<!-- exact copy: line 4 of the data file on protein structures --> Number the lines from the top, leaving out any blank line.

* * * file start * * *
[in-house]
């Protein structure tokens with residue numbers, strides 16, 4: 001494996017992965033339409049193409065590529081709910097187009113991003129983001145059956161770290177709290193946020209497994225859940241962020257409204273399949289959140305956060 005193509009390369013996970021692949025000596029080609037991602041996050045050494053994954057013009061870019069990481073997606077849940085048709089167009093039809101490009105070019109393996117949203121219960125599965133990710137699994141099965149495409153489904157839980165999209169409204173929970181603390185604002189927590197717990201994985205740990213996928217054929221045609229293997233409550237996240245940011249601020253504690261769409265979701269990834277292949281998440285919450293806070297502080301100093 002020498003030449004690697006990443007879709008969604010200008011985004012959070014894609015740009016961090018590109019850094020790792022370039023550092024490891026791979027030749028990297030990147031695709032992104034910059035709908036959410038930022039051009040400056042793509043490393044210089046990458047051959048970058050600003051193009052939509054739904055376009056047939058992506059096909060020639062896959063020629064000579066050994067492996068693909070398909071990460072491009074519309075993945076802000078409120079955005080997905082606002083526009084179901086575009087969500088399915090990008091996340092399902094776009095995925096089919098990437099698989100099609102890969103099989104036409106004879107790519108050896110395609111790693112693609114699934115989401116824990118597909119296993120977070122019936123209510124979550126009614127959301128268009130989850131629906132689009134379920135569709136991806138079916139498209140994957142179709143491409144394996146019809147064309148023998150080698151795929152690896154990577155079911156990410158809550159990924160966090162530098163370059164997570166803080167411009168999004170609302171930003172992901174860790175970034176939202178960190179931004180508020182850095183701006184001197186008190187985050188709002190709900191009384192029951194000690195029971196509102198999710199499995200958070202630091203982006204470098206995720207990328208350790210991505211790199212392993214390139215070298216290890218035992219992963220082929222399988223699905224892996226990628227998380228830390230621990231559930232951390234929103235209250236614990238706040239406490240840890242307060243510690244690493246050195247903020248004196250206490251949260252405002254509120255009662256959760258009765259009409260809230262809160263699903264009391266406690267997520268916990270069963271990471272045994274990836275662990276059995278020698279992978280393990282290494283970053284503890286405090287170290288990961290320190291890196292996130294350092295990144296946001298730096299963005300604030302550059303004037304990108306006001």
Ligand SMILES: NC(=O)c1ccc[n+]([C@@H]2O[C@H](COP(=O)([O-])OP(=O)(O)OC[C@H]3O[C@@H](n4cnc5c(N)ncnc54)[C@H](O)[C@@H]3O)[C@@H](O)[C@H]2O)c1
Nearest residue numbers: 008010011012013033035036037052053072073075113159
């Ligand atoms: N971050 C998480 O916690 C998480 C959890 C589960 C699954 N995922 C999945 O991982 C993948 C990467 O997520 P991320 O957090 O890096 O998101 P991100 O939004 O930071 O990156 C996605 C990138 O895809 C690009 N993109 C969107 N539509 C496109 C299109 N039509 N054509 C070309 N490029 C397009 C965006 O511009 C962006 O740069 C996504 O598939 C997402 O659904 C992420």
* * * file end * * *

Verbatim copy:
Nearest residue numbers: 008010011012013033035036037052053072073075113159